“Teen Spirit” tells a familiar story: A teenage hopeful from a small town gets a chance to go big and runs with it. With a melancholy pop soundtrack, undercurrents of discontent and a rise to fame, “Teen Spirit” is the newest Cinderella story. 

The film is the directorial debut of actor Max Minghella, known for roles in “The Social Network,” “The Internship” and “The Handmaid’s Tale.” His film “Teen Spirit” follows Violet Valenski (Elle Fanning), a shy Polish teenager from Isle of Wight, U.K., as she pursues her passion for singing through an “American Idol”-like reality show called “Teen Spirit.” Despite the familiar tropes of the musical drama genre, “Teen Spirit” revitalizes these well-trod ideas by emphasizing raw moodiness over earnest hope. In doing so, the film takes risks, though not all pay off.

The focal point of “Teen Spirit” is Fanning: Her multifaceted performance carries the film, and her newly-discovered singing voice is so central that it almost serves as its own character. The daughter of a single mother who waitresses after school to help keep them afloat, Violet is caught between her family’s situation and her desire to grow up and be freed from her responsibilities.

AUTOMATIK | Moved by Elle Fanning’s powerful performance, ‘Teen Spirit’ serves as a solid directorial debut for actor Max Minghella. Fanning’s natural and poignant singing voice brings reality to her role and contextualizes the teenage angst, with the film aiming to bring the traditional coming-of-age story to the modern era.

The film’s opening montage hones in on her ubiquitous disinterest and boredom — at work, at parties, on the bus. In all parts of her life, Violet seems subdued, as if she is waiting for something but doesn’t quite know what it is. We only see energy in Violet when she is around music: during her soulful performances at a grungy bar, as she is frenetically dancing around her room while her iPod wails and during chorus practice. In these moments, Fanning encapsulates her character’s desire to be invisible with an underlying hunger for purpose.

Fanning is an expert in Violet’s discontent; her nuanced expressions own the close-ups of her face, shot by cinematographer Autumn Durald. However, while her mannerisms encapsulate her weariness with her circumstances, she does not ever effectively indicate her character’s positive momentum. Perhaps the script, written by Minghella, lacks strong character development, as Violet never seems truly goal-driven.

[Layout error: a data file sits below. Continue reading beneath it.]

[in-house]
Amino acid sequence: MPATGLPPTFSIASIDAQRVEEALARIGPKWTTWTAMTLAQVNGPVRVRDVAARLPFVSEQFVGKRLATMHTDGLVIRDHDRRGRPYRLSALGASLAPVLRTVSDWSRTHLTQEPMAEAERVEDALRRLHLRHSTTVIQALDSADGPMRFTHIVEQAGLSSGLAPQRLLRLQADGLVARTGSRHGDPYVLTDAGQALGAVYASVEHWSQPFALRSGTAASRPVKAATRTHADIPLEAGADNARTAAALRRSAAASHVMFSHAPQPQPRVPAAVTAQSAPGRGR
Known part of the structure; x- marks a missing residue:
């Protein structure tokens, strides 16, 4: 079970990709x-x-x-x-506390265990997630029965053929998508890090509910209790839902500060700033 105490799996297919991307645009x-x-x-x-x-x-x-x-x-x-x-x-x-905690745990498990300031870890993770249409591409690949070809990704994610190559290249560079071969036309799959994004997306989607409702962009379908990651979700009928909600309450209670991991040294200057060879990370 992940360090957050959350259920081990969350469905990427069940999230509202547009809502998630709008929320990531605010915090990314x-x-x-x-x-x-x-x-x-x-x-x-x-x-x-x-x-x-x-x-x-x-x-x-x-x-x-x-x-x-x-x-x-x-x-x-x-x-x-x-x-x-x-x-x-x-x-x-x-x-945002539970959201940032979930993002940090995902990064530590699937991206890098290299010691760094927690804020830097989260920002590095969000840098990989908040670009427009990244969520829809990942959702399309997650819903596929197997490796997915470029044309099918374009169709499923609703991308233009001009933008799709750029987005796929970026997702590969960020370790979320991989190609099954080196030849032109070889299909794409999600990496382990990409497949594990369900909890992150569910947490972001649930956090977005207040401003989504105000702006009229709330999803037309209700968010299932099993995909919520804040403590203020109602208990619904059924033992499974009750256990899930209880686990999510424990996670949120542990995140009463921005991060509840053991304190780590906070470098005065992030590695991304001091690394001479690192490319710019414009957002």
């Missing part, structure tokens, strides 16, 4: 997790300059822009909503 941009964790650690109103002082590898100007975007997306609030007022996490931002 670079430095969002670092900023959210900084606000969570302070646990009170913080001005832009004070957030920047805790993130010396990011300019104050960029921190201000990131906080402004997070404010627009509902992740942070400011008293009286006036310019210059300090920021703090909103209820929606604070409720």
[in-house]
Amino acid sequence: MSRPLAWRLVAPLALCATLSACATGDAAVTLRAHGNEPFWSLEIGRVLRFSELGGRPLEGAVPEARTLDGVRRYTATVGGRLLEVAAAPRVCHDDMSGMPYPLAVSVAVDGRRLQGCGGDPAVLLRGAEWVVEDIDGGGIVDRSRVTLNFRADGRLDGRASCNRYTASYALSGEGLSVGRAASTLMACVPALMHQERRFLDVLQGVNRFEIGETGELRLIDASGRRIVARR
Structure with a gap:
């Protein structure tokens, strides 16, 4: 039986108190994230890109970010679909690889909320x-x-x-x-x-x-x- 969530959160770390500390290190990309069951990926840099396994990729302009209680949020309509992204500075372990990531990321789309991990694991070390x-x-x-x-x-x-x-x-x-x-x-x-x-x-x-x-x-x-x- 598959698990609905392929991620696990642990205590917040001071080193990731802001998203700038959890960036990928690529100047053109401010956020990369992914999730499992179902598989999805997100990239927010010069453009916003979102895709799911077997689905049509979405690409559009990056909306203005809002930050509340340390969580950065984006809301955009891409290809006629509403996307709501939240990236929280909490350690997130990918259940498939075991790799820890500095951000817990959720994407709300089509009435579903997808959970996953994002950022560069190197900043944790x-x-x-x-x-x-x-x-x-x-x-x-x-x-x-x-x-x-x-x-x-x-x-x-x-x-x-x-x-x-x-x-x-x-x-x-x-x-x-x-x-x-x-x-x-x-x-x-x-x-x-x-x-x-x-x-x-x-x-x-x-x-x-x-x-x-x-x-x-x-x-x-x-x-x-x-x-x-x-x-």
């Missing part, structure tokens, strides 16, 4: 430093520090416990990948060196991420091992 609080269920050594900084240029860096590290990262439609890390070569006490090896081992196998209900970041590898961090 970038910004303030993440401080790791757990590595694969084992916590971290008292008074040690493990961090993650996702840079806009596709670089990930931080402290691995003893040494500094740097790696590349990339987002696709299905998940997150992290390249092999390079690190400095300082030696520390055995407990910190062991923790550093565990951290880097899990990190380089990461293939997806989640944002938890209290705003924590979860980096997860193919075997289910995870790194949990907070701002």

Arguably the film’s weakest point is this tendency to reflect Violet at a somewhat surface level: her interest in music is an inward tug that lacks outward commitment, and thus she appears to garner success without really caring.

As she enters the audition process for “Teen Spirit,” viewers get the sense that she is simply doing it because she wants to do something different; she never indicates true desire to leave her town, to create her own music or to accomplish anything specific. Even as she advances in the audition process, only rare glimmers of passion-driven commitment reveal themselves. Her vocal performances are emotional yet completely unadorned — no choreography, no costume, no effort beyond vocal exercises, and one of the only indications of her dedication is her outburst after encountering a setback. 

However, Fanning’s performance is strong and genuine, and her voice a gift. If nothing else, “Teen Spirit” will have listeners downloading the music so Fanning’s gentle, emotional tunes can become a more permanent soundtrack.

“I Was a Fool,” “Wildflowers” and “Don’t Kill My Vibe,” in particular, reflect the film’s themes of feeling stuck and wanting more but not quite knowing what “more” is, encapsulating the nostalgic emotions of the coming-of-age genre. The songs fall within introspective indie-pop, written by artists such as Robyn, Ellie Goulding, Ariana Grande and Katy Perry.

After each performance in the film, the mic is left on after Fanning sings the last lines, so the audience can hear the heavy, jagged breaths that follow an impassioned vocal performance. This small but thoughtful addition allows viewers to feel the weight of Violet’s performance — these breaths sound raw, visceral and somewhat afraid — and to feel connected with her in a moment of vulnerability.

The beautiful cinematography highlights similar moments. Shots zoomed-in on Violet’s face border on uncomfortable but make the viewers feel like they are there with her, while long single shots allow them to see every unedited aspect of a scene. For most of the film, Fanning wears simple clothing and no makeup, as if Violet’s appearance is waiting to be colored by her emotions. 

These choices emphasize the driving force of “Teen Spirit”: not a blind desire for success but rather personal growth within the context of an opportunity. The focus of the film is not the freedom and escape of fame, as in the typical Cinderella story, but the ways in which outward recognition can cause inward change.

Minghella packs “Teen Spirit” with emotion, movement, growth and, of course, music. A grungy spin on a typically glossy story, Fanning’s subtle but electric performance brings the entanglement of passion and dissatisfaction to the big screen. 

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